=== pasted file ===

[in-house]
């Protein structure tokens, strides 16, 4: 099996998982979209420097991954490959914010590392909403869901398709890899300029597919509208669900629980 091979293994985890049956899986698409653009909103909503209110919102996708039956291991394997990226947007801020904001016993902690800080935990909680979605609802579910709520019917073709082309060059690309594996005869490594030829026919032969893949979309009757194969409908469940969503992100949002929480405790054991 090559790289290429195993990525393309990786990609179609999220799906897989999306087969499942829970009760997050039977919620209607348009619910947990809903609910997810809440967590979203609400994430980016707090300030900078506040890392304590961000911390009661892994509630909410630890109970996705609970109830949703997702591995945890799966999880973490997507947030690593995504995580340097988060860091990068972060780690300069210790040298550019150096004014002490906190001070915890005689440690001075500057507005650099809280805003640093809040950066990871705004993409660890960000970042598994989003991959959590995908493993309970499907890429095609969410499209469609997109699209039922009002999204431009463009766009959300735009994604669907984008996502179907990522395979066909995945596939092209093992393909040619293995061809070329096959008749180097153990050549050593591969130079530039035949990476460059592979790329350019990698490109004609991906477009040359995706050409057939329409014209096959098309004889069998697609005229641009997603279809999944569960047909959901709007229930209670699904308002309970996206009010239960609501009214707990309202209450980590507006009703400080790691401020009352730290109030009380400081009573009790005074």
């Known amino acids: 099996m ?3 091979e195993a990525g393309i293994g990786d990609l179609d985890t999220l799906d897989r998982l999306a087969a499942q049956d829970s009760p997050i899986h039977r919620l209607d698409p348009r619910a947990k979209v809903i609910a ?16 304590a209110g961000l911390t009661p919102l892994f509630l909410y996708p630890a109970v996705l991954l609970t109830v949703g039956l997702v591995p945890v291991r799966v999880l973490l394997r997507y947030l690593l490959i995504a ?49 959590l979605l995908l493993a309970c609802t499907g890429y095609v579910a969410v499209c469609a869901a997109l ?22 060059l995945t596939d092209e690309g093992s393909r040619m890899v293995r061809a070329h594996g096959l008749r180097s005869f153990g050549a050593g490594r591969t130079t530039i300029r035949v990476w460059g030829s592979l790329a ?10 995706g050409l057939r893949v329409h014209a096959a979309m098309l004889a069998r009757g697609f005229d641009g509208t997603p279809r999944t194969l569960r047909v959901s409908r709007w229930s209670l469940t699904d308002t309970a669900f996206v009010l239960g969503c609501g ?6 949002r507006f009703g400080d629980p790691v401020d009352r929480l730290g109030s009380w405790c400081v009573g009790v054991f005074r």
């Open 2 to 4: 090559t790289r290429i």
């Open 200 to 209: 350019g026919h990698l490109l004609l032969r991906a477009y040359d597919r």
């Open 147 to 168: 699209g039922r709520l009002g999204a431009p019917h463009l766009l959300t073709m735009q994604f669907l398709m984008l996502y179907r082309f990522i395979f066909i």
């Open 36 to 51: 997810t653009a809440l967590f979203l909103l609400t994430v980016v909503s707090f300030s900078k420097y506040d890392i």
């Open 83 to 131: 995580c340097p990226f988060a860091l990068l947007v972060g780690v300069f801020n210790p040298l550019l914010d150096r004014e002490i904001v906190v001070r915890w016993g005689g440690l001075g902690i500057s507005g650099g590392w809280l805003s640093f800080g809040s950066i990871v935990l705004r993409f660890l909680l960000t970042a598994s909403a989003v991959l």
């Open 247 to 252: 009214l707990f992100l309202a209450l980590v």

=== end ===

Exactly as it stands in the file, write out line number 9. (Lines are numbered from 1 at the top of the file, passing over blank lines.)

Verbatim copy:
């Open 247 to 252: 009214l707990f992100l309202a209450l980590v």